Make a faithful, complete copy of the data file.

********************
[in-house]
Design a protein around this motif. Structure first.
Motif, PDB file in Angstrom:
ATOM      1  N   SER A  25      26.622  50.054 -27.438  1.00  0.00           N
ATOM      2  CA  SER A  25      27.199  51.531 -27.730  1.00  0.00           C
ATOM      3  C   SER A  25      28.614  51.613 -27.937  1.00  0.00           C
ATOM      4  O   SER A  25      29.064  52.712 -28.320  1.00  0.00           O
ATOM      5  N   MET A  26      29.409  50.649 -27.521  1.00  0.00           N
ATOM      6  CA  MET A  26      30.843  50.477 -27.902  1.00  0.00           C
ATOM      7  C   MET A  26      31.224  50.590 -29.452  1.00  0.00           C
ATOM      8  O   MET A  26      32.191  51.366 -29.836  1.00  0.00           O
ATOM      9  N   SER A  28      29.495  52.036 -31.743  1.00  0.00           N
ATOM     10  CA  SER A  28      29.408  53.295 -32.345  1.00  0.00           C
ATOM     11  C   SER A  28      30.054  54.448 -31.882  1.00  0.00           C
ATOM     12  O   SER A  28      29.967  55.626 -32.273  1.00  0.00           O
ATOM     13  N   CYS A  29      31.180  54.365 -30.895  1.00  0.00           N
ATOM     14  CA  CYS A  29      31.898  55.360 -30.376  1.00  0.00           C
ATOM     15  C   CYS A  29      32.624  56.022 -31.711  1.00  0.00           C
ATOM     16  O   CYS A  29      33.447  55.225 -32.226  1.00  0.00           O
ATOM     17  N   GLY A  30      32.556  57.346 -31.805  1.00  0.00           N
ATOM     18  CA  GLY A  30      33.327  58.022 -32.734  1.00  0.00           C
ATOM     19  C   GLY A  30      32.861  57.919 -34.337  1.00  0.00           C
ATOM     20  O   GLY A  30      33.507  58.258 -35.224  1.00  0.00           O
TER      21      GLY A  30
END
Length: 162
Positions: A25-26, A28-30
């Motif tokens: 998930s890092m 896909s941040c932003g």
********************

[in-house]
Design a protein around this motif. Structure first.
Motif, PDB file in Angstrom:
ATOM      1  N   SER A  25      26.622  50.054 -27.438  1.00  0.00           N
ATOM      2  CA  SER A  25      27.199  51.531 -27.730  1.00  0.00           C
ATOM      3  C   SER A  25      28.614  51.613 -27.937  1.00  0.00           C
ATOM      4  O   SER A  25      29.064  52.712 -28.320  1.00  0.00           O
ATOM      5  N   MET A  26      29.409  50.649 -27.521  1.00  0.00           N
ATOM      6  CA  MET A  26      30.843  50.477 -27.902  1.00  0.00           C
ATOM      7  C   MET A  26      31.224  50.590 -29.452  1.00  0.00           C
ATOM      8  O   MET A  26      32.191  51.366 -29.836  1.00  0.00           O
ATOM      9  N   SER A  28      29.495  52.036 -31.743  1.00  0.00           N
ATOM     10  CA  SER A  28      29.408  53.295 -32.345  1.00  0.00           C
ATOM     11  C   SER A  28      30.054  54.448 -31.882  1.00  0.00           C
ATOM     12  O   SER A  28      29.967  55.626 -32.273  1.00  0.00           O
ATOM     13  N   CYS A  29      31.180  54.365 -30.895  1.00  0.00           N
ATOM     14  CA  CYS A  29      31.898  55.360 -30.376  1.00  0.00           C
ATOM     15  C   CYS A  29      32.624  56.022 -31.711  1.00  0.00           C
ATOM     16  O   CYS A  29      33.447  55.225 -32.226  1.00  0.00           O
ATOM     17  N   GLY A  30      32.556  57.346 -31.805  1.00  0.00           N
ATOM     18  CA  GLY A  30      33.327  58.022 -32.734  1.00  0.00           C
ATOM     19  C   GLY A  30      32.861  57.919 -34.337  1.00  0.00           C
ATOM     20  O   GLY A  30      33.507  58.258 -35.224  1.00  0.00           O
TER      21      GLY A  30
END
Length: 162
Positions: A25-26, A28-30
């Motif tokens: 998930s890092m 896909s941040c932003g």